Last month, I attended CrimeCon for the first time in person. I was on the virtual Podcast Row at CrimeCon House Arrest in 2020 and 2021, so I knew the conference’s mission was to bring together the true crime community for a weekend filled with education, understanding, advocacy and fun.
To prepare for CrimeCon 2023, I ordered a retractable banner, a table runner, and lots of podcast swag to giveaway. I was finally going to CrimeCon to meet listeners face-to-face and, hopefully, find new ones.
I did something else to prepare for the conference. I interviewed Kathryn Turman, retired Assistant Director of the FBI Victim Services Division (VSD). During her excellent episode, she provided some heartfelt advice:
“I would like people to realize and remember that for every crime that you see on the news or on Netflix where they’ve fictionalized or done some documentary on something, there are victims and families there that bear the real cost and the real impact of these crimes long after those of us who’ve worked with them are onto the next case.”
Kathryn’s words of wisdom were especially helpful when a few weeks before I flew to Orlando, I received an email from Craig, whose friend’s 21-year-old daughter had gone missing under suspicious circumstances. He was going to CrimeCon to get in front of as many people as possible about the case. Shortly thereafter, I received another email, this one from Bethany. Her brother Bryan “Vladek” Hasel has been missing since November 2021, with no sightings or leads since that time.
Family members would be at CrimeCon to spread awareness by passing out flyers. Could they leave some at my table?
Once I arrived at CrimeCon, I was lounging in the front area of the World Center Marriott where the three-day event was held and started a conversation with the person sitting next to me. He was Joseph Petito, Gabby Petito’s father. I also met and spoke with David Robinson II, father of missing geologist Daniel Robinson, and Candice Cooley, whose son Dylan Rounds disappeared more than a year ago with no trace. I also displayed flyers for the families of Calvin Berry and Natasha Boykins. They believed their loved ones had been murdered, even though the authorities had ruled otherwise.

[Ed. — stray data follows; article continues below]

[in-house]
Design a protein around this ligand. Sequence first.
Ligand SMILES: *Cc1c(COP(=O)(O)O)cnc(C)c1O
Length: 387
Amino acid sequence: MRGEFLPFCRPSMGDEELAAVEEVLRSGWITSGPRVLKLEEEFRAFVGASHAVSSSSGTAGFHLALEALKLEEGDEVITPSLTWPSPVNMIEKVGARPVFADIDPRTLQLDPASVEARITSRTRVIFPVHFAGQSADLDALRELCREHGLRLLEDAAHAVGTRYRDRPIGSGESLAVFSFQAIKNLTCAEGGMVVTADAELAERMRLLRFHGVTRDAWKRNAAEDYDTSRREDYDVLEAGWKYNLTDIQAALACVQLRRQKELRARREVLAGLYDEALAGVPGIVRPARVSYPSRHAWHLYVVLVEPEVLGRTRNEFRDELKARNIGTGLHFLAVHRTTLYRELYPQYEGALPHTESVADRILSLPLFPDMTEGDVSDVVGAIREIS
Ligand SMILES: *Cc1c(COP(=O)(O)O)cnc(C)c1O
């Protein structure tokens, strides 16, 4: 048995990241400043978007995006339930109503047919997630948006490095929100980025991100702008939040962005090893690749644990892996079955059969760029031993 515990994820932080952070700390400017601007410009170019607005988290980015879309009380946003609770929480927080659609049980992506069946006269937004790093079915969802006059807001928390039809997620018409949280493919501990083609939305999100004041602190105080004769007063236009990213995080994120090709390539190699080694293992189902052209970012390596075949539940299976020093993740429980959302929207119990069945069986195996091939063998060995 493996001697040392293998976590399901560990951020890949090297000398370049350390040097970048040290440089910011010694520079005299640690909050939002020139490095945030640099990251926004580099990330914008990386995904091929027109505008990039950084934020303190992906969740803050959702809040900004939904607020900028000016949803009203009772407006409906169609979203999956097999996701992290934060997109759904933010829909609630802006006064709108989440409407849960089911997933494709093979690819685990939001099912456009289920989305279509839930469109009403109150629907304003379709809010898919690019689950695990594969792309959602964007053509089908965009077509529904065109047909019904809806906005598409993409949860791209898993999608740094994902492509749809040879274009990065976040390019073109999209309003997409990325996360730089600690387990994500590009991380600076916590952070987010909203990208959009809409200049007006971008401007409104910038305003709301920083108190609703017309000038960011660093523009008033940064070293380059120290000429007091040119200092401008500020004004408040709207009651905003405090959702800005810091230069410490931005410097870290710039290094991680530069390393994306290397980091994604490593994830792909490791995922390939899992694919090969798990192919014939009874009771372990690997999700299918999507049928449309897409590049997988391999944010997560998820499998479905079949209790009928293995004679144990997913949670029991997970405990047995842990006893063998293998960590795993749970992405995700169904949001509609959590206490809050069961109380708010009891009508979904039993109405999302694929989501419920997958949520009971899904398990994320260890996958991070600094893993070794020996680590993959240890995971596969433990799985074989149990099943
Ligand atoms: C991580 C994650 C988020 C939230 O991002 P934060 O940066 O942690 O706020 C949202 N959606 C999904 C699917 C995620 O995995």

I didn’t know exactly what to say, but I listened to the families and friends, let them know how sorry I was for their loss, and that I cared. CrimeCon is a social event. I had a great time hanging out with podcaster friends and attendees. But there was always present a palpable tone of reverence for the missing and murdered.
This is where victims and families come to find hope and justice. When sessions end, often audience members wipe away tears shed in the dark while hearing another terrible tale of loss and injustice. There’s even a wall where we share their stories and say their names.
As a retired FBI agent, it was unusual to be among so many podcasters, TV personalities, and armchair detectives focused on analyzing and solving crimes. However, there were also plenty of other federal agents, police officers and private investigators in attendance.
So why go to CrimeCon? Because it is also a beautiful place of compassion. A space where the true crime industry comes together to make sure the families, first responders, and legal and law enforcement personnel who face the challenges of crime are supported and their sacrifices recognized.
To learn more about the conference, check out the full 2023 schedule here.
CrimeCon 2024 Nashville will take place May 31-June 2, 2024 at the Gaylord Opryland.